Botanical: Paullinia cupana
Family: Sapindaceae (soapberry)
Other common names: Brazilian Cocoa, Paullinia, Uabano, Guarana Bread, Paullinia Sorbilis, Uaranzeiro, Brazilian Chocolate
Guarana is another gift from the Amazon rainforest that is quickly becoming popular in North America as a wonderful way to improve mental sharpness, reduce fatigue, increase stamina and endurance, and it may even lift depressed spirits. It is considered a favorite national diet drink in Brazil.
The information presented herein by Herbal Extracts Plus is intended for educational purposes only. These statements have not been evaluated by the FDA and are not intended to diagnose, cure, treat or prevent disease. Individual results may vary, and before using any supplements, it is always advisable to consult with your own health care provider.
Guarana is a shrubby, climbing vine that is native to South America, with compound leaves, yellow-flowered panicles, and pear-shaped fruit, filled with seeds like a small horse chestnut. It thrives in moist, humus-rich soil in the partial shade of the rainforest in a minimum of sixty-five degrees Fahrenheit. Its botanical genus, Paullinia, is derived from the name, Paullini, a European medical botanist, who died in 1712, but it was actually thought to be discovered by the ancient Incas, who used it centuries before the Europeans set foot in the New World, as an energy and stamina booster. The Maues and Murdurow Indians have been known to travel through jungles and across mountains for miles at a steady pace with a stick of Guarana as their only food. Guarana is made by the Guaranis, a tribe of South American Indians, in a long and complicated process. The seeds are shelled, washed, roasted, and pounded into a fine powder that is mixed with water to make dough. It is then rolled and sun-dried (or over a slow fire) until it hardens and is cut into eight-inch cylindrical pieces. The result is a bitter, chocolate-flavored substance (without chocolate's oiliness) that is used in refreshing teas or as a tasty, coffee-like drink that is said to increase energy and mental acuity, combat fatigue and promote endurance and stamina. Supposedly, Guarana was used by Japanese soldiers during World War II for maintaining stamina, alertness and courage and is also said to be the richest source of caffeine worldwide that is well-known for its stimulating effects, due to that high caffeine content. Brazilian miners drink it constantly, claiming that it prevents many diseases and is refreshing, and it is even considered a favorite national diet drink. Guarana is rapidly becoming popular in North America and is added to diet foods to increase metabolism, supplements for athletes, tonic drinks, chewing gum, soft drinks, candy and liqueurs. Some of the constituents in Guarana include adenine, caffeine, D-catechin, saponin, tannins, theobromine, theophylline, starch and a fixed oil and a crystallizable principle in the seeds called guaranine.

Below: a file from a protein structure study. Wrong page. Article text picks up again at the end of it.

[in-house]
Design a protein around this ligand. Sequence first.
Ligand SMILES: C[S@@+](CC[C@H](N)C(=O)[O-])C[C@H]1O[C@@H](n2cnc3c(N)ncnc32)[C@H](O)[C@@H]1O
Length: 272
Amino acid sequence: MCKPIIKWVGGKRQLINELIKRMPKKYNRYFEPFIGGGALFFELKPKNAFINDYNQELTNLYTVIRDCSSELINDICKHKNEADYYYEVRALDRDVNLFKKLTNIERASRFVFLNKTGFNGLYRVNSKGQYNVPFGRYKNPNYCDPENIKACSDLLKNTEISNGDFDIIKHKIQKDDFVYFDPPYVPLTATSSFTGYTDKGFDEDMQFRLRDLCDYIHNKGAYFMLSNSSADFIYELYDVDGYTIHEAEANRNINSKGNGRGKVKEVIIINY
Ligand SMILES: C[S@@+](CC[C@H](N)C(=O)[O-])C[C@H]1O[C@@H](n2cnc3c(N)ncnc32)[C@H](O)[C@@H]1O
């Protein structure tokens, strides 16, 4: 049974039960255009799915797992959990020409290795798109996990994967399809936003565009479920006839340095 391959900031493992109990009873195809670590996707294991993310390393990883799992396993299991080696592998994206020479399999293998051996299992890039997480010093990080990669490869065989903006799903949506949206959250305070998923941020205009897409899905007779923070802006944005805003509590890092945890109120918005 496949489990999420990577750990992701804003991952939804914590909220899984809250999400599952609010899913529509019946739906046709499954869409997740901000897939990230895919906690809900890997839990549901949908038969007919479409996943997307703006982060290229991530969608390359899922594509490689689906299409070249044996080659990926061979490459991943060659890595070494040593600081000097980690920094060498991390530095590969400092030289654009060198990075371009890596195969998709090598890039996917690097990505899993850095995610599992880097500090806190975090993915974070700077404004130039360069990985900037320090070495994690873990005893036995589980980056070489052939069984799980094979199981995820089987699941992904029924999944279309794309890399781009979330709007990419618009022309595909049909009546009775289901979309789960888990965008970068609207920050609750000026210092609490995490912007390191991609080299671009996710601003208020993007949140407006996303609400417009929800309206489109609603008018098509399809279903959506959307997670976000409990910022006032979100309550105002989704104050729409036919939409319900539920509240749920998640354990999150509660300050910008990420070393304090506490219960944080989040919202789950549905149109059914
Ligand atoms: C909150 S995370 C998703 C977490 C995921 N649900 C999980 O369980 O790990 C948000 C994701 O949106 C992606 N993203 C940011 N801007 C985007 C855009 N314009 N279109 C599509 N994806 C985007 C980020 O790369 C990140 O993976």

Guarana is a stimulating tonic that is believed to improve physical stamina and endurance. Because its guaranine content is almost identical to caffeine in its actions, athletes have been known to take it as an herbal stimulant to enhance and improve their performance and increase their strength and endurance. It is also thought to reduce fatigue and exhaustion. The combination of guarinine, theobromine and theophyline act to stimulate the central nervous system and also act to enhance the metabolic rate, which may be helpful in weight loss programs.
As a "nervine," Guarana is also said to strengthen functional activity of the nervous system. The alkaloids, theobromine and theophylline, act to stimulate the central nervous system and are thought to be useful in cases of neuralgia, paralysis, migraines and nervous headache (particularly popular in the U.S. and Europe) and the distress that sometimes accompanies menstruation.
Guarana is considered a gentle excitant that is said to be good for depression and mental exertion where there is fatigue or even exhaustion from hot weather. It is also thought to increase mental sharpness and improve concentration, which may also be a result of its guarinine content.
The tannins in Guarana act as an astringent and are said to help ease mild forms of leukorrhoea (vaginal discharge) and diarrhea.
As a mild diuretic, Guarana is thought to promote urine flow and act as febrifuge that helps to reduce mild fevers. It is also said to alleviate urinary tract irritation.
Pregnant and nursing women and people with high blood pressure or cardiovascular disease should not use Guarana Herbal Supplement. It is not recommended in large amounts (many times the recommended dosage) because of its high guaranine/caffeine content, as it may cause sleeplessness and other possible health risks associated with caffeine. Do not take Guarana if you are taking the following medicines used for manic depression: lithium (Eskalith®, Lithane®, Lithotabs®) or mental illness (Clozapine) .